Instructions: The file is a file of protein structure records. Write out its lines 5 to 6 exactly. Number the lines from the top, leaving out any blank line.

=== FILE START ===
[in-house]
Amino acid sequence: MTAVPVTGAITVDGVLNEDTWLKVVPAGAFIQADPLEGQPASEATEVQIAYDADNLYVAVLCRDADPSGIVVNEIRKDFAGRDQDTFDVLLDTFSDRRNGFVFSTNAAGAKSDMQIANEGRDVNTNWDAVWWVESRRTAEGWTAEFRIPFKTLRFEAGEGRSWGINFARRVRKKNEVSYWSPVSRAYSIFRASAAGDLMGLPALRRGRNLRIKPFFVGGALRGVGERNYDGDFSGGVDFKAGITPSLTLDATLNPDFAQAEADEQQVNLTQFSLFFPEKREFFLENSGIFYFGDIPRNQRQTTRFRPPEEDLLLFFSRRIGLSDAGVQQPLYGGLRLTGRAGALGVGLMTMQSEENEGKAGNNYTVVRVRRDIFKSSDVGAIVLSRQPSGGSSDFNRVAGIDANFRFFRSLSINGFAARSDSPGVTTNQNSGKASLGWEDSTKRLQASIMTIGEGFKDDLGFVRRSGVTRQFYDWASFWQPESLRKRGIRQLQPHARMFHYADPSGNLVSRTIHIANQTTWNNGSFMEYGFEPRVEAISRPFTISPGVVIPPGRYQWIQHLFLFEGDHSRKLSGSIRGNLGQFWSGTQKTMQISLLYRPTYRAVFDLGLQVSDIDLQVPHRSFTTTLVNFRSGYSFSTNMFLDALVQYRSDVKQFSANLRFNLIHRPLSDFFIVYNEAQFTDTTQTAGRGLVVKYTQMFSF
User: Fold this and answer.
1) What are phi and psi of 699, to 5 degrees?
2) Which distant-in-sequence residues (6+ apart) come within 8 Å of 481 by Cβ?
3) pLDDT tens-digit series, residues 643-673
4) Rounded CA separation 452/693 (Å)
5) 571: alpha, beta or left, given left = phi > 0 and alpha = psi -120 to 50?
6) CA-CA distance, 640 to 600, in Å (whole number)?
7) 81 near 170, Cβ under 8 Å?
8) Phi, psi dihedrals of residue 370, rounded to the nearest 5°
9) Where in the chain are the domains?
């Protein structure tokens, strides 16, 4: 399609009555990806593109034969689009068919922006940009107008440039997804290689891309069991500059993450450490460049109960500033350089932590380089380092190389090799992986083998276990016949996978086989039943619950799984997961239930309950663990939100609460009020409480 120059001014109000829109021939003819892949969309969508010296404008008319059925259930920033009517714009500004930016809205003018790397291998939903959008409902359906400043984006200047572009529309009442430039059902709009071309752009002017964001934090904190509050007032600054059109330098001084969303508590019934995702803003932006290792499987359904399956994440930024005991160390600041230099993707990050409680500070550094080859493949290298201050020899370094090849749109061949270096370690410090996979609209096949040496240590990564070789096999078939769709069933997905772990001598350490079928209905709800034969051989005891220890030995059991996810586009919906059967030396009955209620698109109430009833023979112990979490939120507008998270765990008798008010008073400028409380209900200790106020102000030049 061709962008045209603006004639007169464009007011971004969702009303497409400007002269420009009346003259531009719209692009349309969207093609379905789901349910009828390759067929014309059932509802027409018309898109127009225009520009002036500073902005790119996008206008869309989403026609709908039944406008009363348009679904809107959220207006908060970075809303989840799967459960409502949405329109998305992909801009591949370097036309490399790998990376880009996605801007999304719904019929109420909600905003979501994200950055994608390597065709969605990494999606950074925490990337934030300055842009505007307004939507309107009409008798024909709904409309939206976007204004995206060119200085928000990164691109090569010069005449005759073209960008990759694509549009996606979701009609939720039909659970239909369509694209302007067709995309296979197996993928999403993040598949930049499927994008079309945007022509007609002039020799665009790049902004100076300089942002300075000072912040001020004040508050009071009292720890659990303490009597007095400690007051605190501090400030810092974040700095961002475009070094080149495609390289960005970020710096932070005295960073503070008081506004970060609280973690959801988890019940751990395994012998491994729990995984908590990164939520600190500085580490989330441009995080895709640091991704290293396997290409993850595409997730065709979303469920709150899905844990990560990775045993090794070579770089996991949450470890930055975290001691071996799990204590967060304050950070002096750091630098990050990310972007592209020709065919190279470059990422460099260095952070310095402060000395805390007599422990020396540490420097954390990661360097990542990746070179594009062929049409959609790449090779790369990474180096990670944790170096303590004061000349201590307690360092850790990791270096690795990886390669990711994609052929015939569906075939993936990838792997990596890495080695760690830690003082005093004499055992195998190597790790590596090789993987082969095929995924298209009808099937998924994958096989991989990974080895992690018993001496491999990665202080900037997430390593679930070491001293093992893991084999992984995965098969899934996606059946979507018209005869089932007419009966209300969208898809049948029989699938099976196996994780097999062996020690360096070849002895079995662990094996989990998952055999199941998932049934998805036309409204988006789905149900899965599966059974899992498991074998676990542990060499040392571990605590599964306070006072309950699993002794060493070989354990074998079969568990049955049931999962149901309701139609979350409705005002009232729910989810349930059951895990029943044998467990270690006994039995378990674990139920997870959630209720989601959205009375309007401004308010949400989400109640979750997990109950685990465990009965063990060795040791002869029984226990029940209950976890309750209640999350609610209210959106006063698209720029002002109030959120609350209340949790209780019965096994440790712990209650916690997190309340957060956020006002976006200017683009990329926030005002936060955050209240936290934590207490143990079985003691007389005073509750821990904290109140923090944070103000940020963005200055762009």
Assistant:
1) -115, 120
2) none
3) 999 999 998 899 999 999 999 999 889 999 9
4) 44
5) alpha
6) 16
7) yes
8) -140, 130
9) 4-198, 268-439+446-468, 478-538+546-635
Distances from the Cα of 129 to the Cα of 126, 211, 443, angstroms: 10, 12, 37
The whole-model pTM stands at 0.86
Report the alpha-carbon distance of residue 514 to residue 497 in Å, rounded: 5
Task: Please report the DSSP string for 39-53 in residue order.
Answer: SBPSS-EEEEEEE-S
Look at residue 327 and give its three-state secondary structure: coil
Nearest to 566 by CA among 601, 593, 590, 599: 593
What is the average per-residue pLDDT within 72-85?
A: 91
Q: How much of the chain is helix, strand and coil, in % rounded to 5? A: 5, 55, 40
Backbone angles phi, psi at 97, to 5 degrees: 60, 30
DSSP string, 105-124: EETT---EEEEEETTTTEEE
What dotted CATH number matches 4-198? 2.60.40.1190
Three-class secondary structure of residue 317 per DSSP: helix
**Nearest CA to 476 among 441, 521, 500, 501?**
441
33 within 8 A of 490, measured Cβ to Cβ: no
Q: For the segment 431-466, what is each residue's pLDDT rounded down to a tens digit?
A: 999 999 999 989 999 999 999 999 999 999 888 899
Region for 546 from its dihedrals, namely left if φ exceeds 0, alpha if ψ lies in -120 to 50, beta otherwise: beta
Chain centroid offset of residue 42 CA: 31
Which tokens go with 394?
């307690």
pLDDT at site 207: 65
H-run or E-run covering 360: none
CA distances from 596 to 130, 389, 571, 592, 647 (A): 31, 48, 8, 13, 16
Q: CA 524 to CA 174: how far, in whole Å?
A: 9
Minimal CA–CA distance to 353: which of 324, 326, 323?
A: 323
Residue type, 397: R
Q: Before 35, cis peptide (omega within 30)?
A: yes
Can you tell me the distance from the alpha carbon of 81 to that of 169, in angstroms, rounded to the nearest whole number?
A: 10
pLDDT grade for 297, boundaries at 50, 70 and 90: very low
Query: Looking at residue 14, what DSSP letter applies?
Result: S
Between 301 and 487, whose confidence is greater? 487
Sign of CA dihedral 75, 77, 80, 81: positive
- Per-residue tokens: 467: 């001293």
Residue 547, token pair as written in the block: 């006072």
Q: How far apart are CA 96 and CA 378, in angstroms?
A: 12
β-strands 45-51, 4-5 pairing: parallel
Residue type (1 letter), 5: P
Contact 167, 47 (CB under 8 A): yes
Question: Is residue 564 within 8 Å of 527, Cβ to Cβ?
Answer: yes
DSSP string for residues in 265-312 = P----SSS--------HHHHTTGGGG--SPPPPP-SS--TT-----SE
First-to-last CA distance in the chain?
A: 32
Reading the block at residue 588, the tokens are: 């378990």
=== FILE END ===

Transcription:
2) Which distant-in-sequence residues (6+ apart) come within 8 Å of 481 by Cβ?
3) pLDDT tens-digit series, residues 643-673